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Chapter 9

I have now reached a period of my life when I
can give dates. I left Baltimore, and went to live
with Master Thomas Auld, at St. Michael's, in
March, 1832. It was now more than seven years
since I lived with him in the family of my old mas-
ter, on Colonel Lloyd's plantation. We of course
were now almost entire strangers to each other. He
was to me a new master, and I to him a new slave.
I was ignorant of his temper and disposition; he
was equally so of mine. A very short time, however,
brought us into full acquaintance with each other.
I was made acquainted with his wife not less than
with himself. They were well matched, being equally
mean and cruel. I was now, for the first time during
a space of more than seven years, made to feel the
painful gnawings of hunger--a something which I
had not experienced before since I left Colonel
Lloyd's plantation. It went hard enough with me
then, when I could look back to no period at which
I had enjoyed a sufficiency. It was tenfold harder
after living in Master Hugh's family, where I had
always had enough to eat, and of that which was
good. I have said Master Thomas was a mean man.
He was so. Not to give a slave enough to eat, is
regarded as the most aggravated development of
meanness even among slaveholders. The rule is, no
matter how coarse the food, only let there be enough
of it. This is the theory; and in the part of Maryland
from which I came, it is the general practice,--though
there are many exceptions. Master Thomas gave us
enough of neither coarse nor fine food. There were
four slaves of us in the kitchen--my sister Eliza, my
aunt Priscilla, Henny, and myself; and we were al-
lowed less than a half of a bushel of corn-meal per
week, and very little else, either in the shape of
meat or vegetables. It was not enough for us to
subsist upon. We were therefore reduced to the
wretched necessity of living at the expense of our
neighbors. This we did by begging and stealing,
whichever came handy in the time of need, the one
being considered as legitimate as the other. A great
many times have we poor creatures been nearly
perishing with hunger, when food in abundance lay
mouldering in the safe and smoke-house, and our
pious mistress was aware of the fact; and yet that
mistress and her husband would kneel every morn-
ing, and pray that God would bless them in basket
and store!

Bad as all slaveholders are, we seldom meet one
destitute of every element of character commanding
respect. My master was one of this rare sort. I do
not know of one single noble act ever performed by
him. The leading trait in his character was mean-
ness; and if there were any other element in his
nature, it was made subject to this. He was mean;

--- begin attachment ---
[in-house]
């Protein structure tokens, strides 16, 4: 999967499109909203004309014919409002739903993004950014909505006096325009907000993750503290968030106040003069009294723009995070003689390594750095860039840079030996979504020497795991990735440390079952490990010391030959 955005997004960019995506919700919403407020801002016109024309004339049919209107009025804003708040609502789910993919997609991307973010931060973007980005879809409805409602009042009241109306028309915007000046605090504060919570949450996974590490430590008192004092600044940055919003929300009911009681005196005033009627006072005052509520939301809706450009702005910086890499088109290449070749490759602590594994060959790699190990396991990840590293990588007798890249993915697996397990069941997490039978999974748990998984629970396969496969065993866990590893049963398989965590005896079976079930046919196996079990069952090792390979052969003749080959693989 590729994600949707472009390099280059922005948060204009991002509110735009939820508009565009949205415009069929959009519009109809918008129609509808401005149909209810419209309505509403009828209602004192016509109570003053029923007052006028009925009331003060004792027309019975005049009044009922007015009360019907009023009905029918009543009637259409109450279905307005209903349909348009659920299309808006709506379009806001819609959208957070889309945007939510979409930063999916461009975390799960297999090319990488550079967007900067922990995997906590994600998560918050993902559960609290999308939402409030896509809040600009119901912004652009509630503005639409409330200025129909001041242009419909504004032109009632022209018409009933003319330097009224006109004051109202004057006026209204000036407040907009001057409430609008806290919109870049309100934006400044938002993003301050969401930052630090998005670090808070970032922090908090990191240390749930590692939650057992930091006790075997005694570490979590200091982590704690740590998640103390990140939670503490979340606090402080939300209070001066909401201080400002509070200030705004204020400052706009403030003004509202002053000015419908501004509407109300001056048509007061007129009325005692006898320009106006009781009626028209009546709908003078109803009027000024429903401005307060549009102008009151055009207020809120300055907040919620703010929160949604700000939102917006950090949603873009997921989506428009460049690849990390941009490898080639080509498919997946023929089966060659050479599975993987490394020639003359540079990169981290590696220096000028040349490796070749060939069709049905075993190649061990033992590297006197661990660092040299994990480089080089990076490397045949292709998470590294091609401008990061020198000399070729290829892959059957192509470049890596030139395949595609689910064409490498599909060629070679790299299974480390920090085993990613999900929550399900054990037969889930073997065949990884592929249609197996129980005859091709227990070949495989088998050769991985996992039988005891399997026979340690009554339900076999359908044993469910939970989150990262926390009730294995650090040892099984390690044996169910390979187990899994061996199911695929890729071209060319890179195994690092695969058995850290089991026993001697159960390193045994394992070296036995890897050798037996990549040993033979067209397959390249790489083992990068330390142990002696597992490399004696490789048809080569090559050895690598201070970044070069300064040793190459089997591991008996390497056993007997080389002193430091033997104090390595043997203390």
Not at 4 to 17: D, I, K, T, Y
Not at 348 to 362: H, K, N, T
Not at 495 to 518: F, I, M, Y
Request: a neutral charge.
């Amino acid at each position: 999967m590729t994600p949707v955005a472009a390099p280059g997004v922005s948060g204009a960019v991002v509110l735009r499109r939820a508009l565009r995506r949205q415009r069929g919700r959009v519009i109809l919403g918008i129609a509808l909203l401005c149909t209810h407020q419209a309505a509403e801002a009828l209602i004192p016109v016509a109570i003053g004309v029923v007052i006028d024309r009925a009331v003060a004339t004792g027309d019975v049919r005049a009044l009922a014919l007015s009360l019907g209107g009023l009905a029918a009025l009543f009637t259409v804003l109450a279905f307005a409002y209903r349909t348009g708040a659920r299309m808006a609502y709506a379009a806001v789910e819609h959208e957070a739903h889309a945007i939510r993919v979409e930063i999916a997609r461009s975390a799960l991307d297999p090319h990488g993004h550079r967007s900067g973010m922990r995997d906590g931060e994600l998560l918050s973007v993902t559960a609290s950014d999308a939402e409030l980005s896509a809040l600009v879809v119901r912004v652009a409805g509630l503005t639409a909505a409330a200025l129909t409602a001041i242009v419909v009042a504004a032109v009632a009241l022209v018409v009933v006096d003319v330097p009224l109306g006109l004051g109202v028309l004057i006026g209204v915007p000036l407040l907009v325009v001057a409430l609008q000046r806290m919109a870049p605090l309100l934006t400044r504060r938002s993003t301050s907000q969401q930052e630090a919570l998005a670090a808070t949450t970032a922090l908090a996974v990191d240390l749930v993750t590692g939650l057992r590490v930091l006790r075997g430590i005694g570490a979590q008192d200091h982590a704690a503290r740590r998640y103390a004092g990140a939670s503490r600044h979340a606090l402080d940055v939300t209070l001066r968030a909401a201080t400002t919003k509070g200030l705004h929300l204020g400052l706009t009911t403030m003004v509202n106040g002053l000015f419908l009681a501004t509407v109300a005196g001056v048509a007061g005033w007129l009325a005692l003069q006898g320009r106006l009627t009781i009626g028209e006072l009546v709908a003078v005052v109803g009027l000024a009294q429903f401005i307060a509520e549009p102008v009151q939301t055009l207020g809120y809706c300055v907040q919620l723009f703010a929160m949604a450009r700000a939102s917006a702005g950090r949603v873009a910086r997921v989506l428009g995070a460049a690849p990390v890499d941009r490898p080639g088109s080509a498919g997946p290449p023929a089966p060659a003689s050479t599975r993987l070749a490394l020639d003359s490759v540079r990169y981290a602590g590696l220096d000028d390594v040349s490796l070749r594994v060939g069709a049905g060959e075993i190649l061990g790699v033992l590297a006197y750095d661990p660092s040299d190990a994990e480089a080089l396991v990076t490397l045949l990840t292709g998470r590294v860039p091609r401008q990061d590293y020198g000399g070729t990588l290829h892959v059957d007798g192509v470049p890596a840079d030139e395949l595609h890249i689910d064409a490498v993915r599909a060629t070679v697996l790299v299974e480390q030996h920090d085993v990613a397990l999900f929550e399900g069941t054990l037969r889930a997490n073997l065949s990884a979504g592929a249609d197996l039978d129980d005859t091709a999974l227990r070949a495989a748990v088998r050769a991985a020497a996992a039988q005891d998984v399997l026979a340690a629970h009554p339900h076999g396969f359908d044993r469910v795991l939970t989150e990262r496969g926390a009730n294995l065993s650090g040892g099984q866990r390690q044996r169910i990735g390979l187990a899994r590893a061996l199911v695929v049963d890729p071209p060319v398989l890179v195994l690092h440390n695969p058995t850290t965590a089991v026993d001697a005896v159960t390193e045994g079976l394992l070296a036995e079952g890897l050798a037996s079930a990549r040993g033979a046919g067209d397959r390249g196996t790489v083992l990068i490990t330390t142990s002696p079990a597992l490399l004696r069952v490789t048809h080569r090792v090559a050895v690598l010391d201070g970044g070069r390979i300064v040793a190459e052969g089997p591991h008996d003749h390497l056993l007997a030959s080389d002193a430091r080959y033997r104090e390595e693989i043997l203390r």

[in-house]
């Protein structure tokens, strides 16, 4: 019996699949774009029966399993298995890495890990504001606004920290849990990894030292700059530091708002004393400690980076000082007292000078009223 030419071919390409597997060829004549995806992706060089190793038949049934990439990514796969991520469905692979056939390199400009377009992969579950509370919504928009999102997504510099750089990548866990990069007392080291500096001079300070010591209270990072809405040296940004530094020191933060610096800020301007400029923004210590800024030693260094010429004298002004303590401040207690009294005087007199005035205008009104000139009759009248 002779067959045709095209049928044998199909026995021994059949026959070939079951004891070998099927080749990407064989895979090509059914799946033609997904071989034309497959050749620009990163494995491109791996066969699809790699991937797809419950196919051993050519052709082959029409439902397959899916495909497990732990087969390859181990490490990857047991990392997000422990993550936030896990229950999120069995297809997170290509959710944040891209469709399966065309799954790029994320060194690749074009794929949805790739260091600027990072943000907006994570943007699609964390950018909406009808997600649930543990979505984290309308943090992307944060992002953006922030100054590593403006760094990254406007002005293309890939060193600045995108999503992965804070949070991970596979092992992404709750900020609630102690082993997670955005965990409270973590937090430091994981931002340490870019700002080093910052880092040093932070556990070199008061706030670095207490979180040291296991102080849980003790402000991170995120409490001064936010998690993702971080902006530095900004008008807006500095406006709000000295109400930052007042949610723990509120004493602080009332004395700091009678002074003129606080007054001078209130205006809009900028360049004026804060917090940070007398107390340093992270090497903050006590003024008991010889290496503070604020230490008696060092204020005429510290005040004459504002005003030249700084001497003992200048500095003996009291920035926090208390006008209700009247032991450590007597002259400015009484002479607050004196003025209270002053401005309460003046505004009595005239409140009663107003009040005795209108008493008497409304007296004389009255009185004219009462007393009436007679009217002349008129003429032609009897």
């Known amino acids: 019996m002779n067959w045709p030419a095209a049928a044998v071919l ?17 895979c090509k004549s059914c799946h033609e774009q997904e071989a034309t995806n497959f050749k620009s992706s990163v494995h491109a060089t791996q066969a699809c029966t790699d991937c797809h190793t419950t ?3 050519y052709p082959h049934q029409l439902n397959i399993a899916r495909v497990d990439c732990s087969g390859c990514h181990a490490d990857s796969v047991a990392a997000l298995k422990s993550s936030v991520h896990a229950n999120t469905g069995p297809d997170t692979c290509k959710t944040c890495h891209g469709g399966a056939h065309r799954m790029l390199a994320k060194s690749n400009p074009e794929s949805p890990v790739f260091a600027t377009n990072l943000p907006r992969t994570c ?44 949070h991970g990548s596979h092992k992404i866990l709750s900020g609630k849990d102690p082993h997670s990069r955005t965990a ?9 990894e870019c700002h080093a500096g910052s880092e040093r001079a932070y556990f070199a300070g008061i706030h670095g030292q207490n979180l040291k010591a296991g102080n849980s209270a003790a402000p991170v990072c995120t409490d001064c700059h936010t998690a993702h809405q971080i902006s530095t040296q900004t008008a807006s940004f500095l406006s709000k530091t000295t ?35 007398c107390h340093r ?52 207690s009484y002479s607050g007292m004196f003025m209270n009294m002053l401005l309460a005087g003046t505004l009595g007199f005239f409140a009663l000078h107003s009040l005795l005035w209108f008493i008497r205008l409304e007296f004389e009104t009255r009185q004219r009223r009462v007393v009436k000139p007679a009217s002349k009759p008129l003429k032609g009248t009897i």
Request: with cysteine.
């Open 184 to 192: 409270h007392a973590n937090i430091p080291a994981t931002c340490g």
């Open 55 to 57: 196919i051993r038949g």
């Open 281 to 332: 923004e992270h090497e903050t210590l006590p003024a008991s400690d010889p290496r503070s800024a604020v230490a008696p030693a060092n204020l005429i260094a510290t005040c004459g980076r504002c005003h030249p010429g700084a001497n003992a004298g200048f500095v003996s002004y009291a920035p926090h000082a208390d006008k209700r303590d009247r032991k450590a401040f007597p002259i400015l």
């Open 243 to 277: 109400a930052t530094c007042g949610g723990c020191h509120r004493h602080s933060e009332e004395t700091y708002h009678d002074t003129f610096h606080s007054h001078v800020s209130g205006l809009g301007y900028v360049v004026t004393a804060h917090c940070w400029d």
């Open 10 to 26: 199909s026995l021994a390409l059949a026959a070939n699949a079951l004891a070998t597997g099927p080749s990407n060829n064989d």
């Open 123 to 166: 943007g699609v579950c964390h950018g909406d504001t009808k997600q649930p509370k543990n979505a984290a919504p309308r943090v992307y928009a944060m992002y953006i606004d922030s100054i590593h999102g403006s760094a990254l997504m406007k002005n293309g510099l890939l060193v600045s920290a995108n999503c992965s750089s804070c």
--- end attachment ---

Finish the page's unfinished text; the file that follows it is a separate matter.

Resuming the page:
and, like most other mean men, he lacked the ability
to conceal his meanness. Captain Auld was not born
a slaveholder. He had been a poor man, master only
of a Bay craft. He came into possession of all his
slaves by marriage; and of all men, adopted slave-
holders are the worst. He was cruel, but cowardly.
He commanded without firmness. In the enforce-
ment of his rules, he was at times rigid, and at times
lax. At times, he spoke to his slaves with the firmness
of Napoleon and the fury of a demon; at other times,
he might well be mistaken for an inquirer who had
lost his way. He did nothing of himself. He might
have passed for a lion, but for his ears. In all things
noble which he attempted, his own meanness shone
most conspicuous. His airs, words, and actions,
were the airs, words, and actions of born slave-
holders, and, being assumed, were awkward enough.
He was not even a good imitator. He possessed all
the disposition to deceive, but wanted the power.
Having no resources within himself, he was com-
pelled to be the copyist of many, and being such, he
was forever the victim of inconsistency; and of con-
sequence he was an object of contempt, and was held
as such even by his slaves. The luxury of having
slaves of his own to wait upon him was something
new and unprepared for. He was a slaveholder with-
out the ability to hold slaves. He found himself in-
capable of managing his slaves either by force, fear,
or fraud. We seldom called him "master;" we gen-
erally called him "Captain Auld," and were hardly
disposed to title him at all. I doubt not that our
conduct had much to do with making him appear
awkward, and of consequence fretful. Our want of
reverence for him must have perplexed him greatly.
He wished to have us call him master, but lacked
the firmness necessary to command us to do so. His
wife used to insist upon our calling him so, but to
no purpose. In August, 1832, my master attended a
Methodist camp-meeting held in the Bay-side, Tal-
bot county, and there experienced religion. I in-
dulged a faint hope that his conversion would lead
him to emancipate his slaves, and that, if he did not
do this, it would, at any rate, make him more kind
and humane. I was disappointed in both these re-
spects. It neither made him to be humane to his
slaves, nor to emancipate them. If it had any effect
on his character, it made him more cruel and hateful
in all his ways; for I believe him to have been a much
worse man after his conversion than before. Prior
to his conversion, he relied upon his own depravity
to shield and sustain him in his savage barbarity;
but after his conversion, he found religious sanction
and support for his slaveholding cruelty. He made
the greatest pretensions to piety. His house was the
house of prayer. He prayed morning, noon, and